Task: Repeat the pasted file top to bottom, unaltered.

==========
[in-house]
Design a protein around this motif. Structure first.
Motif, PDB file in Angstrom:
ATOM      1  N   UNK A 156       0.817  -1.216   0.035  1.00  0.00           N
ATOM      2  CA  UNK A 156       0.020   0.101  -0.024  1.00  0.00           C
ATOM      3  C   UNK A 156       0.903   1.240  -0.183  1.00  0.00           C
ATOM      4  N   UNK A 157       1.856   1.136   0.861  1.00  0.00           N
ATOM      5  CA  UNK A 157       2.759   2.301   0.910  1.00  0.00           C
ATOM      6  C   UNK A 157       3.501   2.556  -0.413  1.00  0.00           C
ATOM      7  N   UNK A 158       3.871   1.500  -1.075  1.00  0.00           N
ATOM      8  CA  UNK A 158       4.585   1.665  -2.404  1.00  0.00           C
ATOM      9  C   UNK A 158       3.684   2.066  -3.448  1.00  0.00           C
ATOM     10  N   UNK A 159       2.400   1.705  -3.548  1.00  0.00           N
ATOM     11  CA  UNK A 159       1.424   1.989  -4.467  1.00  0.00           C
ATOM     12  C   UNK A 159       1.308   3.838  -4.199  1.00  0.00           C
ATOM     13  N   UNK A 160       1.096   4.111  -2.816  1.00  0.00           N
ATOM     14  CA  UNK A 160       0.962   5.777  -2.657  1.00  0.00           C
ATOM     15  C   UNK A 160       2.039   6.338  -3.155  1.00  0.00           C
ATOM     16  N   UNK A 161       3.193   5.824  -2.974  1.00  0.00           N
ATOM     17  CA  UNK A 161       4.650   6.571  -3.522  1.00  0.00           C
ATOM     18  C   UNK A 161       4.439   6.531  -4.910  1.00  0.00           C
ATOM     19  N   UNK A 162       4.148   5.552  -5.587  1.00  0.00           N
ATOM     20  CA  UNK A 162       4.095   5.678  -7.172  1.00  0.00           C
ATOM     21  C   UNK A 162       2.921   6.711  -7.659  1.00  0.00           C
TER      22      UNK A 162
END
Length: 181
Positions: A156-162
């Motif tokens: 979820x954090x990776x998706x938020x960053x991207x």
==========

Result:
[in-house]
Design a protein around this motif. Structure first.
Motif, PDB file in Angstrom:
ATOM      1  N   UNK A 156       0.817  -1.216   0.035  1.00  0.00           N
ATOM      2  CA  UNK A 156       0.020   0.101  -0.024  1.00  0.00           C
ATOM      3  C   UNK A 156       0.903   1.240  -0.183  1.00  0.00           C
ATOM      4  N   UNK A 157       1.856   1.136   0.861  1.00  0.00           N
ATOM      5  CA  UNK A 157       2.759   2.301   0.910  1.00  0.00           C
ATOM      6  C   UNK A 157       3.501   2.556  -0.413  1.00  0.00           C
ATOM      7  N   UNK A 158       3.871   1.500  -1.075  1.00  0.00           N
ATOM      8  CA  UNK A 158       4.585   1.665  -2.404  1.00  0.00           C
ATOM      9  C   UNK A 158       3.684   2.066  -3.448  1.00  0.00           C
ATOM     10  N   UNK A 159       2.400   1.705  -3.548  1.00  0.00           N
ATOM     11  CA  UNK A 159       1.424   1.989  -4.467  1.00  0.00           C
ATOM     12  C   UNK A 159       1.308   3.838  -4.199  1.00  0.00           C
ATOM     13  N   UNK A 160       1.096   4.111  -2.816  1.00  0.00           N
ATOM     14  CA  UNK A 160       0.962   5.777  -2.657  1.00  0.00           C
ATOM     15  C   UNK A 160       2.039   6.338  -3.155  1.00  0.00           C
ATOM     16  N   UNK A 161       3.193   5.824  -2.974  1.00  0.00           N
ATOM     17  CA  UNK A 161       4.650   6.571  -3.522  1.00  0.00           C
ATOM     18  C   UNK A 161       4.439   6.531  -4.910  1.00  0.00           C
ATOM     19  N   UNK A 162       4.148   5.552  -5.587  1.00  0.00           N
ATOM     20  CA  UNK A 162       4.095   5.678  -7.172  1.00  0.00           C
ATOM     21  C   UNK A 162       2.921   6.711  -7.659  1.00  0.00           C
TER      22      UNK A 162
END
Length: 181
Positions: A156-162
């Motif tokens: 979820x954090x990776x998706x938020x960053x991207x």